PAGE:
Australian Bureau of Statistics

Rate the ABS website
ABS Home > Statistics > By Release Date
ABS @ Facebook ABS @ Twitter ABS RSS ABS Email notification service
5204.0 - Australian System of National Accounts, 2006-07  
Previous ISSUE Released at 11:30 AM (CANBERRA TIME) 02/11/2007   
   Page tools: Print Print Page Print all pages in this productPrint All RSS Feed RSS Bookmark and Share Search this Product

INTERNATIONAL TRADE

The growing importance of international trade to the Australian economy is illustrated by the following graph which shows the ratios of exports and imports of goods and services to GDP in current prices since 1959-60. In 2006-07 the imports ratio was 21.8% and the exports ratio was 20.6%.

Exports and Imports, Current prices - relative to GDP
Graph: Exports and Imports, Current prices—relative to GDP



Since 2004-05 imports have increased 16.8% in volume terms compared to 6.2% growth in exports. The slower growth in Export was mainly driven by weak growth in rural goods exported. Over the past three years, rural goods exported decreased by $1,301m (5.1%). The decreases were largely driven by a fall in exports of cereal grains and cereal preparations, down $1,459m (28.3%).


While in volume terms Imports have been growing faster than Exports, the price received for Exports has been growing faster than the prices paid for Imports. The Terms of trade represents the relationship between the prices of exports and imports. An increase (decrease) in the Terms of trade reflects Export prices increasing (decreasing) at a faster rate than Import prices.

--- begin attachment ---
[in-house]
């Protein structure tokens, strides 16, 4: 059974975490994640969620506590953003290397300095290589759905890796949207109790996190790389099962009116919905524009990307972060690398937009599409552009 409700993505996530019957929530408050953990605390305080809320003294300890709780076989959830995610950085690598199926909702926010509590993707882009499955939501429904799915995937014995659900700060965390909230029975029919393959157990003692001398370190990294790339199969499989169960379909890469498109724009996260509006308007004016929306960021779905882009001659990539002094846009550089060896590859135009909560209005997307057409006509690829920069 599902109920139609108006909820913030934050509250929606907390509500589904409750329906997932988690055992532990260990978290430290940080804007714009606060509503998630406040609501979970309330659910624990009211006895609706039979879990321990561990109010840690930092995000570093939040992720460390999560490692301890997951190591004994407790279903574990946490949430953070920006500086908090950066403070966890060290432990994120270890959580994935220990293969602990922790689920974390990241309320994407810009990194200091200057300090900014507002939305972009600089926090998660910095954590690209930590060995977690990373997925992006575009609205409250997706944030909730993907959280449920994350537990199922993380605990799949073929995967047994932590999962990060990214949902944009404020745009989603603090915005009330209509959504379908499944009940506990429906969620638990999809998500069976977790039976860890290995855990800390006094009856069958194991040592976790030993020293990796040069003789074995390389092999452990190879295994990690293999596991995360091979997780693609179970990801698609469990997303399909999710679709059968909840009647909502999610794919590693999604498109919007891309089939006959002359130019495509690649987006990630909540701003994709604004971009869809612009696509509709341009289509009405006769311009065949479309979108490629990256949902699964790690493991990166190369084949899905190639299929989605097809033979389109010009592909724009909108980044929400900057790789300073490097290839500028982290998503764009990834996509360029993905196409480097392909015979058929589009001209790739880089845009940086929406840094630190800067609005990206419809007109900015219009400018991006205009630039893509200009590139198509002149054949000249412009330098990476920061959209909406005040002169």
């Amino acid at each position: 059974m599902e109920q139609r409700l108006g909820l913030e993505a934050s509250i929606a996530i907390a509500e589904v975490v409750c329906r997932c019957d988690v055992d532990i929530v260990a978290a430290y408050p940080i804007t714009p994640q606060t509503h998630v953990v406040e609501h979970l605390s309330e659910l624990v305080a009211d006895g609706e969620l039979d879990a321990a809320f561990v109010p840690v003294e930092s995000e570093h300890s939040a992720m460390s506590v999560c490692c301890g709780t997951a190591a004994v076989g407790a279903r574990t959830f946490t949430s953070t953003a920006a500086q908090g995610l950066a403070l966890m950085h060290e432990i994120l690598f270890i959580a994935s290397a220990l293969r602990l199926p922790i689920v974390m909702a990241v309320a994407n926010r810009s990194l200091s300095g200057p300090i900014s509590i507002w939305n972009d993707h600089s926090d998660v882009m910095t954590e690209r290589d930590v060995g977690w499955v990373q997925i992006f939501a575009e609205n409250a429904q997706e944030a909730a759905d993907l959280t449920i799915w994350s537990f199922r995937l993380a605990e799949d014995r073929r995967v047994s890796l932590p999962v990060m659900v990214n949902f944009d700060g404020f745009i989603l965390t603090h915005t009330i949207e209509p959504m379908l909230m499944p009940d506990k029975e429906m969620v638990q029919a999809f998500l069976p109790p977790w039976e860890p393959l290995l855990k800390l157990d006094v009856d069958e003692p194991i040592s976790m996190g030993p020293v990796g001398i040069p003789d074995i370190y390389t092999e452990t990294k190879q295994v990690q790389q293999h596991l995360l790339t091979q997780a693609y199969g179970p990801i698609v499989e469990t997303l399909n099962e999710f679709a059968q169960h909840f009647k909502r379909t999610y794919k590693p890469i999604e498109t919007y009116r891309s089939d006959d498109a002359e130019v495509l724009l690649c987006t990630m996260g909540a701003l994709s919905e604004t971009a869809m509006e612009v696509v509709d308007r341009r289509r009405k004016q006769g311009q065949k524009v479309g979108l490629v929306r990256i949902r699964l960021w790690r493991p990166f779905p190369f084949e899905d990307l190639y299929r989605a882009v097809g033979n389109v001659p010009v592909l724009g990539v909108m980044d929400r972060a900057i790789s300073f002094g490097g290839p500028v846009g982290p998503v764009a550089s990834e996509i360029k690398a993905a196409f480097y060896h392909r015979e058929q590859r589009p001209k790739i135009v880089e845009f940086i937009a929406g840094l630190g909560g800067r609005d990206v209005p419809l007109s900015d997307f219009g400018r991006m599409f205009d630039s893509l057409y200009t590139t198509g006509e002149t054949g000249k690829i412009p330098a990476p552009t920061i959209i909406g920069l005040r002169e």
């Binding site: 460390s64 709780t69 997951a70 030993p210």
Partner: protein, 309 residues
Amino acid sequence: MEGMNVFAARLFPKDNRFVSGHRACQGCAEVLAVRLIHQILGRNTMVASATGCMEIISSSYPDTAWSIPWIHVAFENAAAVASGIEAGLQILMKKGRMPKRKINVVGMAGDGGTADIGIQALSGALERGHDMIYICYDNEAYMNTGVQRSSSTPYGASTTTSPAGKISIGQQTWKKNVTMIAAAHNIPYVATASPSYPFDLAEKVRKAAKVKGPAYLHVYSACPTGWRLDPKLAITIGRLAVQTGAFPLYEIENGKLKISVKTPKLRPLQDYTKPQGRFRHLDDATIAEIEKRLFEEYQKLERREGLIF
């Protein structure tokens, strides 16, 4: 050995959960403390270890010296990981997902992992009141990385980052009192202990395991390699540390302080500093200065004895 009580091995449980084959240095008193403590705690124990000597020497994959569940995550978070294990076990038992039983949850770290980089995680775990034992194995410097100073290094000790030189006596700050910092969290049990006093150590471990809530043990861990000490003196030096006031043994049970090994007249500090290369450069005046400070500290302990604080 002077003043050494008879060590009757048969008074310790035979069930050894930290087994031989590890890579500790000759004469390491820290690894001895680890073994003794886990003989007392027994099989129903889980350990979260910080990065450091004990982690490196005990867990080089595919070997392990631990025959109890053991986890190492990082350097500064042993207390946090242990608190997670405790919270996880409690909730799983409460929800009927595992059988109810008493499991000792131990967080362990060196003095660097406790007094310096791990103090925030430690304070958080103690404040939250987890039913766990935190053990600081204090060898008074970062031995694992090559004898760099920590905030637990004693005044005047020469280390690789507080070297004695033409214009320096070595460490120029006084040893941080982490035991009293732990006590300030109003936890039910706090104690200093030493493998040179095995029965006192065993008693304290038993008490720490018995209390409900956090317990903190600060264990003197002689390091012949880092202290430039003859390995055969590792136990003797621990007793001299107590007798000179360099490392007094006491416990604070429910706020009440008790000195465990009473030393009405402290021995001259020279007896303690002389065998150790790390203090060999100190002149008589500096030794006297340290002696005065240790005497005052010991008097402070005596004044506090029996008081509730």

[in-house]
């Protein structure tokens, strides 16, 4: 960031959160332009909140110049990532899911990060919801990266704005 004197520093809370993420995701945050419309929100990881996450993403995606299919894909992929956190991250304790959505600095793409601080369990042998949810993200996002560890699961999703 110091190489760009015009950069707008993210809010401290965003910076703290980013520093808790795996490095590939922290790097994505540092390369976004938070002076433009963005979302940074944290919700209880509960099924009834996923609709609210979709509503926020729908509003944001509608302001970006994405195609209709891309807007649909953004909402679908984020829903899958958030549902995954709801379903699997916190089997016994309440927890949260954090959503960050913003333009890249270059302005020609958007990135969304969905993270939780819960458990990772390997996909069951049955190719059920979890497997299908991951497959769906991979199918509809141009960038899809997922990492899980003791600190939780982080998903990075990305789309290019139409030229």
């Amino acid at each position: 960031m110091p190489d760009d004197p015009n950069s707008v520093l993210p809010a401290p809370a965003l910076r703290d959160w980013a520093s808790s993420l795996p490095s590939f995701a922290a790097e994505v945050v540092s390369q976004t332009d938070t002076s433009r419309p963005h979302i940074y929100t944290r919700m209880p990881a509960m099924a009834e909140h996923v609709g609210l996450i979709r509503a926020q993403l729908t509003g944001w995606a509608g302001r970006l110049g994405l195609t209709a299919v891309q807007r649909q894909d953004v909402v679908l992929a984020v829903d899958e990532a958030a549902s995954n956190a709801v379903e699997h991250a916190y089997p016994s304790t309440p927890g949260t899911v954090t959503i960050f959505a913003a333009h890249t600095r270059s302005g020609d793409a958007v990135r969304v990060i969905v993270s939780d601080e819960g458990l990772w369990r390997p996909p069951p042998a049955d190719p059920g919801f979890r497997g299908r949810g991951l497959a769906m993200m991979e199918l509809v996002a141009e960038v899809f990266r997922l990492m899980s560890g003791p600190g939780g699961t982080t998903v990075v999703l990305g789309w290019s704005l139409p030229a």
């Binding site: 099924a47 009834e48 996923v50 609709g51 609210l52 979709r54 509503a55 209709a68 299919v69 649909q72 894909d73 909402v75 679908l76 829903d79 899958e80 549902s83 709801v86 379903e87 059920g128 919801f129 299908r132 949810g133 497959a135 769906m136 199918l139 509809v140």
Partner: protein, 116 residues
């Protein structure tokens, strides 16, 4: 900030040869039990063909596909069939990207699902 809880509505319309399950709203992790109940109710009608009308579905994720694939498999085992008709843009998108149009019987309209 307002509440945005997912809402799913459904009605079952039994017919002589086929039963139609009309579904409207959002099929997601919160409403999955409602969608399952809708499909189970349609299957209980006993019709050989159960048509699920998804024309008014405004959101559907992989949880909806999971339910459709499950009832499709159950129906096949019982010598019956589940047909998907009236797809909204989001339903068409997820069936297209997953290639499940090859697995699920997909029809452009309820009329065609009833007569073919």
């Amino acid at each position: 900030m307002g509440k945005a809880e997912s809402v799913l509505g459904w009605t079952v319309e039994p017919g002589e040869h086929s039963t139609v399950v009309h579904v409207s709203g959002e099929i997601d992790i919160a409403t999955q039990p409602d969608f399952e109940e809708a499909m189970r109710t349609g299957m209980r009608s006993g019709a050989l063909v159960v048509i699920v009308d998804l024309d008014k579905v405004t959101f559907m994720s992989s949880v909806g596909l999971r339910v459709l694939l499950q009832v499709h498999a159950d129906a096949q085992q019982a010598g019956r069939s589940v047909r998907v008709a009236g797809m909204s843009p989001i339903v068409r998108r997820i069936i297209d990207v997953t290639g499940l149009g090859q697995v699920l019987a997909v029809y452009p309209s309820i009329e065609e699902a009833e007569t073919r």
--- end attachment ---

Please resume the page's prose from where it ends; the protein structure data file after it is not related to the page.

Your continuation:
The strong growth in Terms of trade over the past six years reflected over 24.3% growth in Export prices and a fall in Import prices of 12.3%. See Prices for more details on Export and Import prices. In 2006-07, the Terms of trade increased by 6.7%, the lowest increase in the past three years.

Terms of trade, (2005-06 = 100.0)
Graph: Terms of trade, (2005–06 = 100.0)



Net exports represent the difference between Exports and Imports. Net exports detract from GDP growth when the change in the volume of Imports has been greater than the change in the volume of Exports. Since 2001-02 Net exports have detracted around 8.7% from GDP growth, in most part from increasing Imports.


Since 2002-03 when the contribution of Net exports to GDP growth was -2.3%, the contribution of Net exports has been slowly trending upwards reaching -1.1% in 2006-07.

Net Exports Contribution to growth, Chain volume measures
Graph: Net Exports Contribution to growth, Chain volume measures



In addition to the trade in goods and services, the flow of funds between Australia and overseas is an important component of relationship with the rest of the world. Australia has generally been a net borrower of funds from overseas. In the national accounts, this situation is reflected by a negative value for net lending to non-residents. The only exception to this pattern was in 1972-73. The ratio of net borrowing from overseas to GDP in 2006-07 was 5.5%, up slightly from 5.4 in 2005-06.

Net Lending to Overseas, relative to GDP
Graph: Net Lending to Overseas, relative to GDP


Bookmark and Share. Opens in a new window

Commonwealth of Australia 2014

Unless otherwise noted, content on this website is licensed under a Creative Commons Attribution 2.5 Australia Licence together with any terms, conditions and exclusions as set out in the website Copyright notice. For permission to do anything beyond the scope of this licence and copyright terms contact us.